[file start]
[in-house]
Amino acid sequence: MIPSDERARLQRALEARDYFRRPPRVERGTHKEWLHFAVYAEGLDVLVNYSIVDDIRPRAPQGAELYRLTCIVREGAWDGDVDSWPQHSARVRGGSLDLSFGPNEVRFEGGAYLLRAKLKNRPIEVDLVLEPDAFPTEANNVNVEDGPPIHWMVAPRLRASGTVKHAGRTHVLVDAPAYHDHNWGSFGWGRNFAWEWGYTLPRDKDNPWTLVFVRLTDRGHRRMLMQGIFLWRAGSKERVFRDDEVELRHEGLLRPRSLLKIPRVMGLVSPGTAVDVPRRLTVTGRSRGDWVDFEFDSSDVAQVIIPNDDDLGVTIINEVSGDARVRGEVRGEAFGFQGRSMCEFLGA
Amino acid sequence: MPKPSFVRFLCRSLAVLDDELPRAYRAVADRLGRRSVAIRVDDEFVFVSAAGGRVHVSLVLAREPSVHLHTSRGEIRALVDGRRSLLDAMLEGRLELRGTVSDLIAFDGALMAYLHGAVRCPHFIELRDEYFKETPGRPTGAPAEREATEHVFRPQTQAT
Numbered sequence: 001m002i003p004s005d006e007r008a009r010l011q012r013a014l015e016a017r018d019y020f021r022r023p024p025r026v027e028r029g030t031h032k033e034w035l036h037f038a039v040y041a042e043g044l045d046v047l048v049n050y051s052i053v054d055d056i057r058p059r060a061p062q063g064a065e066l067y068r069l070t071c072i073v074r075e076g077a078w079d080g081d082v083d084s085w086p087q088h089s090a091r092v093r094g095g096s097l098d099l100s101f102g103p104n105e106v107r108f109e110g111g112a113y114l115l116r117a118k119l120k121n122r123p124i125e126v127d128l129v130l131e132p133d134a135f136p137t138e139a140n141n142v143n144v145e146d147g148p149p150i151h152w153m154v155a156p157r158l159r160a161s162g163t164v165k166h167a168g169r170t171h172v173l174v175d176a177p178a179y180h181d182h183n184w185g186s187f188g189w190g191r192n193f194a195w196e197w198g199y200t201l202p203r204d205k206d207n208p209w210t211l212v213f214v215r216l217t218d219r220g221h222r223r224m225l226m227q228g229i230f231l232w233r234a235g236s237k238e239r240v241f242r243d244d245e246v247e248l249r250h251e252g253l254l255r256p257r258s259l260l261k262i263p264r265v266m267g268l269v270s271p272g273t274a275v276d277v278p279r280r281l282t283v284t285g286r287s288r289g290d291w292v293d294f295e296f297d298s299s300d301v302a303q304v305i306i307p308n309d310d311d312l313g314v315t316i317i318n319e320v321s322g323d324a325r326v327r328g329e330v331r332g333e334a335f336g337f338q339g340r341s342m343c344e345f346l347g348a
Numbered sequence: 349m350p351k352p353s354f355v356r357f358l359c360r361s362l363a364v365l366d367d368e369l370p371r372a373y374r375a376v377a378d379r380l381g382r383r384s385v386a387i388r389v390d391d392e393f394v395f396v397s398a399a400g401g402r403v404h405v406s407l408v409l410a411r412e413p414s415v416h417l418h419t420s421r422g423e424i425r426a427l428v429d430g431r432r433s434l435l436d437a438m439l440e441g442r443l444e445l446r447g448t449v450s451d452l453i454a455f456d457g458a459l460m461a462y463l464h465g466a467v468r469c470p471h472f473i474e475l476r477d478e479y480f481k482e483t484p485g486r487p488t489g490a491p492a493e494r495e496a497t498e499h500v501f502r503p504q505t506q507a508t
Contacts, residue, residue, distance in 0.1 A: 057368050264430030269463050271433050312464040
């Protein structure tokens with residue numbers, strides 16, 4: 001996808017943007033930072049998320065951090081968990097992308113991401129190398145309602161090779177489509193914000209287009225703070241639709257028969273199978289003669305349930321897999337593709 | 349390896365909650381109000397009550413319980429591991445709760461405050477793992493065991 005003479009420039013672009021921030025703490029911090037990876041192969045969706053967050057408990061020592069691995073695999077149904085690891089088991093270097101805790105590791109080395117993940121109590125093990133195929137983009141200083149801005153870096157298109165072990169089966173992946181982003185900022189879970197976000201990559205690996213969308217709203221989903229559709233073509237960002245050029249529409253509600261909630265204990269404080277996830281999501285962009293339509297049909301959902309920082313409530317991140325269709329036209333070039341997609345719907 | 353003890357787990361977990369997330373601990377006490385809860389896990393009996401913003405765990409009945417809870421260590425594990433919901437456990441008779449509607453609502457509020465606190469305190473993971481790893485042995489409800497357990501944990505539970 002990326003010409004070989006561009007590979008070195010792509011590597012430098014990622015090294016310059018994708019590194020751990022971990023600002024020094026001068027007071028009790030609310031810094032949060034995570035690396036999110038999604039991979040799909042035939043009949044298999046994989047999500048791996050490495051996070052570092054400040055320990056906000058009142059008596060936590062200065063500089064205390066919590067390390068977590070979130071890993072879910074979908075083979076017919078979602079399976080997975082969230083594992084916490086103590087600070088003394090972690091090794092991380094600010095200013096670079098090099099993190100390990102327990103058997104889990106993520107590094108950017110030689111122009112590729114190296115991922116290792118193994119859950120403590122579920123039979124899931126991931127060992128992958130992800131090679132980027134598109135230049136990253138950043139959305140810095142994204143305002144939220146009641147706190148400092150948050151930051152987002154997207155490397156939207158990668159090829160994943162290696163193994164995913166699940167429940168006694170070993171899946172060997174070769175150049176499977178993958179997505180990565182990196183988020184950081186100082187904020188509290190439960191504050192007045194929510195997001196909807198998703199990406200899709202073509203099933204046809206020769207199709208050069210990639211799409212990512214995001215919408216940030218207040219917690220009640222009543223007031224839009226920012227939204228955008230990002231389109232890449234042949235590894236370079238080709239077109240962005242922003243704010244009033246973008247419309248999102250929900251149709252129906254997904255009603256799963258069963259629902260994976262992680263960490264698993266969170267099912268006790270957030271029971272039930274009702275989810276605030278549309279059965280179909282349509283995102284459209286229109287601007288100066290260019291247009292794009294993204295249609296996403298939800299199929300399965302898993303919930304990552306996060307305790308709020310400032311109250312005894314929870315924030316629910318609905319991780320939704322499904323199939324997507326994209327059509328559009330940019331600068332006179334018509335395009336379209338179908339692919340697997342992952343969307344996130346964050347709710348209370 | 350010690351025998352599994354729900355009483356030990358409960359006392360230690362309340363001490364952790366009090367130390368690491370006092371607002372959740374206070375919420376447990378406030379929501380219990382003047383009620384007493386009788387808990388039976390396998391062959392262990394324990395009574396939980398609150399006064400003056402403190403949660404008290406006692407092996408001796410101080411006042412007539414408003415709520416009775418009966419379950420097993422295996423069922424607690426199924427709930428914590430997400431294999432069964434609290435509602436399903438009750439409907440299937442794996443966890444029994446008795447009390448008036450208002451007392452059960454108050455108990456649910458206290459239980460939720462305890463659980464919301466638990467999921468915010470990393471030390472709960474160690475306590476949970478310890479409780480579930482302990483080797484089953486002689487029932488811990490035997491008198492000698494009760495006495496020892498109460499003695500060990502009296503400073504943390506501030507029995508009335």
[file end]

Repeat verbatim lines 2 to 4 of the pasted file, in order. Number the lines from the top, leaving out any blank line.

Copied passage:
Amino acid sequence: MIPSDERARLQRALEARDYFRRPPRVERGTHKEWLHFAVYAEGLDVLVNYSIVDDIRPRAPQGAELYRLTCIVREGAWDGDVDSWPQHSARVRGGSLDLSFGPNEVRFEGGAYLLRAKLKNRPIEVDLVLEPDAFPTEANNVNVEDGPPIHWMVAPRLRASGTVKHAGRTHVLVDAPAYHDHNWGSFGWGRNFAWEWGYTLPRDKDNPWTLVFVRLTDRGHRRMLMQGIFLWRAGSKERVFRDDEVELRHEGLLRPRSLLKIPRVMGLVSPGTAVDVPRRLTVTGRSRGDWVDFEFDSSDVAQVIIPNDDDLGVTIINEVSGDARVRGEVRGEAFGFQGRSMCEFLGA
Amino acid sequence: MPKPSFVRFLCRSLAVLDDELPRAYRAVADRLGRRSVAIRVDDEFVFVSAAGGRVHVSLVLAREPSVHLHTSRGEIRALVDGRRSLLDAMLEGRLELRGTVSDLIAFDGALMAYLHGAVRCPHFIELRDEYFKETPGRPTGAPAEREATEHVFRPQTQAT
Numbered sequence: 001m002i003p004s005d006e007r008a009r010l011q012r013a014l015e016a017r018d019y020f021r022r023p024p025r026v027e028r029g030t031h032k033e034w035l036h037f038a039v040y041a042e043g044l045d046v047l048v049n050y051s052i053v054d055d056i057r058p059r060a061p062q063g064a065e066l067y068r069l070t071c072i073v074r075e076g077a078w079d080g081d082v083d084s085w086p087q088h089s090a091r092v093r094g095g096s097l098d099l100s101f102g103p104n105e106v107r108f109e110g111g112a113y114l115l116r117a118k119l120k121n122r123p124i125e126v127d128l129v130l131e132p133d134a135f136p137t138e139a140n141n142v143n144v145e146d147g148p149p150i151h152w153m154v155a156p157r158l159r160a161s162g163t164v165k166h167a168g169r170t171h172v173l174v175d176a177p178a179y180h181d182h183n184w185g186s187f188g189w190g191r192n193f194a195w196e197w198g199y200t201l202p203r204d205k206d207n208p209w210t211l212v213f214v215r216l217t218d219r220g221h222r223r224m225l226m227q228g229i230f231l232w233r234a235g236s237k238e239r240v241f242r243d244d245e246v247e248l249r250h251e252g253l254l255r256p257r258s259l260l261k262i263p264r265v266m267g268l269v270s271p272g273t274a275v276d277v278p279r280r281l282t283v284t285g286r287s288r289g290d291w292v293d294f295e296f297d298s299s300d301v302a303q304v305i306i307p308n309d310d311d312l313g314v315t316i317i318n319e320v321s322g323d324a325r326v327r328g329e330v331r332g333e334a335f336g337f338q339g340r341s342m343c344e345f346l347g348a